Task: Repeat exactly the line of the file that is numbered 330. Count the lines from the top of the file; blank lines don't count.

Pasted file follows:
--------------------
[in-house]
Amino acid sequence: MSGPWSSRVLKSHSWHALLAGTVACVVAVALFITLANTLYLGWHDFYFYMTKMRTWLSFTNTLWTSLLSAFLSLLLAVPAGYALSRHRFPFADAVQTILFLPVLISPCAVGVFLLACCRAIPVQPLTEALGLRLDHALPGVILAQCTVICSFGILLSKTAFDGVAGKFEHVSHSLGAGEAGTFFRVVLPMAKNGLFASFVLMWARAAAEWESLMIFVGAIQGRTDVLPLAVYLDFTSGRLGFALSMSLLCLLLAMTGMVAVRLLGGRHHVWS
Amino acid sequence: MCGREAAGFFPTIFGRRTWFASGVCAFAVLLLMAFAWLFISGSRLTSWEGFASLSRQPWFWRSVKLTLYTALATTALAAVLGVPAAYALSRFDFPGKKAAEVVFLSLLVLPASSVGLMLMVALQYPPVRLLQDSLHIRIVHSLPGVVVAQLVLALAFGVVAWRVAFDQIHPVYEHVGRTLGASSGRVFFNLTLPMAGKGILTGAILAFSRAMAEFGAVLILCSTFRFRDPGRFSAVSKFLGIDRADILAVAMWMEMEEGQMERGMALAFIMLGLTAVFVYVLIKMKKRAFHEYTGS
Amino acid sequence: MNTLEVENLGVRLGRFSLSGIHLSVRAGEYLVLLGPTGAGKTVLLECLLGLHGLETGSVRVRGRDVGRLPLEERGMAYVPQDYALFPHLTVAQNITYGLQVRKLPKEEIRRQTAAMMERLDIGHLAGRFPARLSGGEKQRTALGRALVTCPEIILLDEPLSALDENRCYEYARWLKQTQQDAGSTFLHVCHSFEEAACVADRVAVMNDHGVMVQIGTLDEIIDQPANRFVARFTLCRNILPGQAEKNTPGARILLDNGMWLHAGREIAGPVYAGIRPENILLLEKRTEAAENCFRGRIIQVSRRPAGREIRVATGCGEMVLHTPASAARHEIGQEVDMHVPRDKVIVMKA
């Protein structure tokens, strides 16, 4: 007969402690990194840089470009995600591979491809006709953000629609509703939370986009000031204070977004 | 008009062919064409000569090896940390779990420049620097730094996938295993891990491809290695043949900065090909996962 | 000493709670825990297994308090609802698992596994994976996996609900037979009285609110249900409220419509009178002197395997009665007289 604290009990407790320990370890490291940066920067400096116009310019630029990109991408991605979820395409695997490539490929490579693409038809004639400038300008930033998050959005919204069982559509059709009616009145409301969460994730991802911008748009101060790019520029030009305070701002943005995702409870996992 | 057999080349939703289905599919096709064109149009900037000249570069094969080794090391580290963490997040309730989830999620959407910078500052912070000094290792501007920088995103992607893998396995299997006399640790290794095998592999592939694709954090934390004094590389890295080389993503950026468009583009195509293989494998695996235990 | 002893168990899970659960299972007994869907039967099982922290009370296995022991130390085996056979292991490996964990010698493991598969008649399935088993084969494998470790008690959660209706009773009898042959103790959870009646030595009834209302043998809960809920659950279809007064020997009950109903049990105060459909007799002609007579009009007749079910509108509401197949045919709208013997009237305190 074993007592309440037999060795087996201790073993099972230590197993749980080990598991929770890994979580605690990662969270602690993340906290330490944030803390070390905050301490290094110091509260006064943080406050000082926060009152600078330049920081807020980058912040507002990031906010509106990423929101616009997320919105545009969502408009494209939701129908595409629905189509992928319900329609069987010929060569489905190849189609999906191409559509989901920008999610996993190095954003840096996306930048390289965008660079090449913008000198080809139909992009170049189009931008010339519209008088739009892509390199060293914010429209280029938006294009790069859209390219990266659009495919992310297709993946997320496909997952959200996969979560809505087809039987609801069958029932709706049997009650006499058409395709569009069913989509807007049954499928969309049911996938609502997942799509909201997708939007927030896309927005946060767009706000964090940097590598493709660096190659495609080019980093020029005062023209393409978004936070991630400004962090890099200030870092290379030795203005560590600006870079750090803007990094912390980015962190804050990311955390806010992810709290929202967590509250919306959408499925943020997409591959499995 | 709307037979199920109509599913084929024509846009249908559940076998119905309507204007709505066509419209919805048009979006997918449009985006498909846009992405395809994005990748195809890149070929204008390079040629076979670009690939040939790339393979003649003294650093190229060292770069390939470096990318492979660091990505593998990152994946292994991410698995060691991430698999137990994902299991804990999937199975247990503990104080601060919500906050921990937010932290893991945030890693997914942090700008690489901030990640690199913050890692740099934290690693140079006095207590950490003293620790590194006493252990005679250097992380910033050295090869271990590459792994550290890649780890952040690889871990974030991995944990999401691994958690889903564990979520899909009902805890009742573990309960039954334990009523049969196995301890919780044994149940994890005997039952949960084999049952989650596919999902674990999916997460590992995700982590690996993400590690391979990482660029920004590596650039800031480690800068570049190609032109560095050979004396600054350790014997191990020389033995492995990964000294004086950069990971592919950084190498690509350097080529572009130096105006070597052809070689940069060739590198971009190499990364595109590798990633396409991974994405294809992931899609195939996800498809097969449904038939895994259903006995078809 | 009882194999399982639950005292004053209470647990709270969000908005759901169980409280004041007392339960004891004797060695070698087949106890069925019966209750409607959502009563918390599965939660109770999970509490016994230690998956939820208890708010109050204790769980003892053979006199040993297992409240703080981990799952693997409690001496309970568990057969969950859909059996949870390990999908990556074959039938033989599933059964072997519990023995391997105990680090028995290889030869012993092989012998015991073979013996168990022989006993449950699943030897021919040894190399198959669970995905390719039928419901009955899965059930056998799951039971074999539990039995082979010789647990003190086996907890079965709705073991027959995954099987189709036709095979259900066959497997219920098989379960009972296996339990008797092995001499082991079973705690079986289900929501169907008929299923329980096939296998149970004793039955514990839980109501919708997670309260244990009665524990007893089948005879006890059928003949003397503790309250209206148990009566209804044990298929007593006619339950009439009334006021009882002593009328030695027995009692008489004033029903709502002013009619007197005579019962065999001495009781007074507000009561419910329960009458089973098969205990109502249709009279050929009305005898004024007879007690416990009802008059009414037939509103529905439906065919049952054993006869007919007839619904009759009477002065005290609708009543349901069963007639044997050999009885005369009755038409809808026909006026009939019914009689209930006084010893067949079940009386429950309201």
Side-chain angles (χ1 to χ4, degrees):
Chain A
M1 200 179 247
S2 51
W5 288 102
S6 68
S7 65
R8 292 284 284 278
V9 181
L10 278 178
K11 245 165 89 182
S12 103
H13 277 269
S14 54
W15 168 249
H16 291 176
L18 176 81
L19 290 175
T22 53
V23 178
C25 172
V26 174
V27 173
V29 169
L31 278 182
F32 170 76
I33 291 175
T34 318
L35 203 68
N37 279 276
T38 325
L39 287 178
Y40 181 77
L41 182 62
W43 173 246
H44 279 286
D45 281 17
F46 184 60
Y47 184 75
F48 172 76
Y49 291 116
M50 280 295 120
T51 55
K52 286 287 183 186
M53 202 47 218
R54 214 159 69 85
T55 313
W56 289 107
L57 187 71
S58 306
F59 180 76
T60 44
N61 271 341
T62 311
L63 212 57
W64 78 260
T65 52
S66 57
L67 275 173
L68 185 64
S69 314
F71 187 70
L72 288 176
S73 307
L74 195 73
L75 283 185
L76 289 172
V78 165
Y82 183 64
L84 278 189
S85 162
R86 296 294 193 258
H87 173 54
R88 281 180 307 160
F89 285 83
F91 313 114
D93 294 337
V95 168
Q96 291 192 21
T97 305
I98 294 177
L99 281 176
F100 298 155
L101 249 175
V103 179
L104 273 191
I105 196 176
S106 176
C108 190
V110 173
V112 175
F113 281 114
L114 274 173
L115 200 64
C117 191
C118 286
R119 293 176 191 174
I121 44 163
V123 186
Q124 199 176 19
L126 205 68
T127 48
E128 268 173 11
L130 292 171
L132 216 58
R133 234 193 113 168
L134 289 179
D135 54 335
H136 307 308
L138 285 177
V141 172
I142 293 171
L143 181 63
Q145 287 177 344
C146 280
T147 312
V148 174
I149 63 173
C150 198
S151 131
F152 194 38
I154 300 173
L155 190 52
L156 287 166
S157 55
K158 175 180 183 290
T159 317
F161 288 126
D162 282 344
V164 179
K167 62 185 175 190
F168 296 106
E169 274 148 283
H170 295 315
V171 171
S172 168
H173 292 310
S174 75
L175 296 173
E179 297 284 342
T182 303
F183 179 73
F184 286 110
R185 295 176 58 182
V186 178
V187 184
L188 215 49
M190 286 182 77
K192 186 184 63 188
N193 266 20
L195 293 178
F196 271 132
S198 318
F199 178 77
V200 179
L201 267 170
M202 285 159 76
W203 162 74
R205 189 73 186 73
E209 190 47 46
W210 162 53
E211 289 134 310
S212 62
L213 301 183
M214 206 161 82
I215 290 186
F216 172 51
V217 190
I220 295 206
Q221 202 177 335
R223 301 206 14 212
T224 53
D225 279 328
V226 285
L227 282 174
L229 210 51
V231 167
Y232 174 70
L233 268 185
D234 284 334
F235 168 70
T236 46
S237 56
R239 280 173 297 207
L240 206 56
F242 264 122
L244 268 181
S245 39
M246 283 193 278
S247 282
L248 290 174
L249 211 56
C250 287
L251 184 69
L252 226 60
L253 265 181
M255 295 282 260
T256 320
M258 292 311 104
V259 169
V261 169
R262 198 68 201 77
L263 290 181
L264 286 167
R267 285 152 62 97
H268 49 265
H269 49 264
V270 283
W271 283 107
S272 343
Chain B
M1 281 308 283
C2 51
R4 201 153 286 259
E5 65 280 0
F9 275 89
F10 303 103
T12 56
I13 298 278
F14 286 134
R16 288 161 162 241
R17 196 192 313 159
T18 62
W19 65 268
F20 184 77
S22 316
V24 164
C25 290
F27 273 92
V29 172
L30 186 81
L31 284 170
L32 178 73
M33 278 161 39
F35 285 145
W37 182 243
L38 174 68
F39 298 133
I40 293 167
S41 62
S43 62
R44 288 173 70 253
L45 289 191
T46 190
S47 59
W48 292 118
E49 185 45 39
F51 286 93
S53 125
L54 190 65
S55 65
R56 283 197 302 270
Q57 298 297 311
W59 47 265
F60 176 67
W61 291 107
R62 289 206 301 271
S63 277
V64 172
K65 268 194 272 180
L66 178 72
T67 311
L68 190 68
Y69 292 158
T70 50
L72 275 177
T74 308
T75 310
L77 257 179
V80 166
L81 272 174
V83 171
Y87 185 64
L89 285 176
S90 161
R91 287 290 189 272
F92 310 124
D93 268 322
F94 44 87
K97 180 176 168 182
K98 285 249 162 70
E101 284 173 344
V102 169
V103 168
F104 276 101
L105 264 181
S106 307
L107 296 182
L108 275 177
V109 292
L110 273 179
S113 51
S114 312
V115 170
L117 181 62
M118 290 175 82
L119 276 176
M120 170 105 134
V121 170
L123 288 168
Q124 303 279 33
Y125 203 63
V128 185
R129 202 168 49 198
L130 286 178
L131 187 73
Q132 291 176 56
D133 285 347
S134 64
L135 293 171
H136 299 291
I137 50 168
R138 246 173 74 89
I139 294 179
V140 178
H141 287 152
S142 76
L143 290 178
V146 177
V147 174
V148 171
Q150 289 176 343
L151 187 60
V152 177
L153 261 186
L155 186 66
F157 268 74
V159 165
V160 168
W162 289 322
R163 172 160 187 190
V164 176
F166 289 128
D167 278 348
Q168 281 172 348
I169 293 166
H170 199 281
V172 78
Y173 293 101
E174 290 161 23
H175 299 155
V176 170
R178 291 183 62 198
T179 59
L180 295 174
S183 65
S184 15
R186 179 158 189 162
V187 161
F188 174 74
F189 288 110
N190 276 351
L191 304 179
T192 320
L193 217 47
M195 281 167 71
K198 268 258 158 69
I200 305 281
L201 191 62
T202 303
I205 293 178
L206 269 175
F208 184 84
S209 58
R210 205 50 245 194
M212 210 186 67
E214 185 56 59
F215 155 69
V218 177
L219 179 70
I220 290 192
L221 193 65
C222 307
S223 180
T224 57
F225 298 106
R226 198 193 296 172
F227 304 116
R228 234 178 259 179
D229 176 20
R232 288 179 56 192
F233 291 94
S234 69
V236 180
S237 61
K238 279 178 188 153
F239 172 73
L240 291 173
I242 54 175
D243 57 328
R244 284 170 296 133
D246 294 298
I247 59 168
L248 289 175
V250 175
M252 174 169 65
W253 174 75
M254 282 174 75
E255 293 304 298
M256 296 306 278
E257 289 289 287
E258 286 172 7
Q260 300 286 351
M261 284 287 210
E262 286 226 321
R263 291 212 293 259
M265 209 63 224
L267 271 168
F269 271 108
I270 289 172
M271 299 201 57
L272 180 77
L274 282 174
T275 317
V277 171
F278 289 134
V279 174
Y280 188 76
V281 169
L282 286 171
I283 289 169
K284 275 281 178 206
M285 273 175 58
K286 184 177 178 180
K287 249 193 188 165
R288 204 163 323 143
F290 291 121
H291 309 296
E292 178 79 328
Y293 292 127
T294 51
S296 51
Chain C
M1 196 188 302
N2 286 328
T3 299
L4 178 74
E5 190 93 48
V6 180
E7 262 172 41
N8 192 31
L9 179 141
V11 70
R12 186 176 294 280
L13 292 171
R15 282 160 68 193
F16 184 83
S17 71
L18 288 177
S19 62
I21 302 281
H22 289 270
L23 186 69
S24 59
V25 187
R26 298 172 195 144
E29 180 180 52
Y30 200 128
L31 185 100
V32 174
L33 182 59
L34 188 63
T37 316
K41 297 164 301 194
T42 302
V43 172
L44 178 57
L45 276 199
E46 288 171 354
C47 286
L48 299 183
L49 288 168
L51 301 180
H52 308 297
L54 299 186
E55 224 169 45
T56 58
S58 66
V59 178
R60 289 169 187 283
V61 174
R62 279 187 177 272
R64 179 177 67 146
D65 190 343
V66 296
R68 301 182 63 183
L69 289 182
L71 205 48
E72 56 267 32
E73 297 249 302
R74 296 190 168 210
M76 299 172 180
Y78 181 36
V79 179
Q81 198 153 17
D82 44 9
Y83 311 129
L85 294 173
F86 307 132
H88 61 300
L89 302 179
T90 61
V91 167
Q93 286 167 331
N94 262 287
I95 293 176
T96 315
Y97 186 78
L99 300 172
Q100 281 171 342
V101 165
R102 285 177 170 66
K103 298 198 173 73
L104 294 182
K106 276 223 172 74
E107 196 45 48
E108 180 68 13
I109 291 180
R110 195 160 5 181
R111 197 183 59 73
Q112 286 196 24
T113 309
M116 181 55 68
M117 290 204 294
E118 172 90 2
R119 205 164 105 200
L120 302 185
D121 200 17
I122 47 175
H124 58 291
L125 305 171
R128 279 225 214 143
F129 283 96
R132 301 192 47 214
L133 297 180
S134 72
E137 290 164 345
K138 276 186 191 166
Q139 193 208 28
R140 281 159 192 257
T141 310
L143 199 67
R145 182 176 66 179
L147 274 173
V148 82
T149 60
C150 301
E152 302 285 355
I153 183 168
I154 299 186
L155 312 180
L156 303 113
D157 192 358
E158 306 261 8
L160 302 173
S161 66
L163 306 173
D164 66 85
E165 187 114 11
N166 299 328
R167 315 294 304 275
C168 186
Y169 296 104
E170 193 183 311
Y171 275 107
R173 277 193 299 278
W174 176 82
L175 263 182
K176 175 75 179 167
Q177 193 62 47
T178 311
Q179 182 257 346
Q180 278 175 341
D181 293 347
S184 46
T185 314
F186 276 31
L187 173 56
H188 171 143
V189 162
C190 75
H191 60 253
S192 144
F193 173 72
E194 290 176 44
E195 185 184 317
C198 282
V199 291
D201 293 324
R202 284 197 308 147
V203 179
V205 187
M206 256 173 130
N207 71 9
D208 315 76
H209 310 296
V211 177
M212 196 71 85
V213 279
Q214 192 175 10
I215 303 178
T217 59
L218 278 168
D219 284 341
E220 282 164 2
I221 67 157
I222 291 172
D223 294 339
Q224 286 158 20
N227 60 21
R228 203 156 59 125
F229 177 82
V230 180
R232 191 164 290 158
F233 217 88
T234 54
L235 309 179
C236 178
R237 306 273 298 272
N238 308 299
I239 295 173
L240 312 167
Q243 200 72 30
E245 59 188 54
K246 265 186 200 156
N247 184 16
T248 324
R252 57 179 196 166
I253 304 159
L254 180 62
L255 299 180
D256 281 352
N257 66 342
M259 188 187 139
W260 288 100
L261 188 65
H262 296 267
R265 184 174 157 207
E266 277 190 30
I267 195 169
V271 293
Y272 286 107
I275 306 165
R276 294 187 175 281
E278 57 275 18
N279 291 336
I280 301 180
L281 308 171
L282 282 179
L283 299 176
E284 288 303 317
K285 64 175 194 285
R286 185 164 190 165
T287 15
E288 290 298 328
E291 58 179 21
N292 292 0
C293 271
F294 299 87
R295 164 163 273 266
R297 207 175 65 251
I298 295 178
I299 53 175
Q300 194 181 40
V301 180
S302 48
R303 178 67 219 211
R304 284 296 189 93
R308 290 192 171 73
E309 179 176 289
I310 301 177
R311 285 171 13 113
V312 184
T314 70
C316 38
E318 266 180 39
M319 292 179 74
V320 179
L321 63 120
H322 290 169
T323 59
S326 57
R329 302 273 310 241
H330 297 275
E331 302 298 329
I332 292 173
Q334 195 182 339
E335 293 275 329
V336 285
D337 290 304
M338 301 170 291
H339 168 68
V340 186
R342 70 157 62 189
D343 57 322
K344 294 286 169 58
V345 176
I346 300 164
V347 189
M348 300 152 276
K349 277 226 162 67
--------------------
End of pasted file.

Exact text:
L153 261 186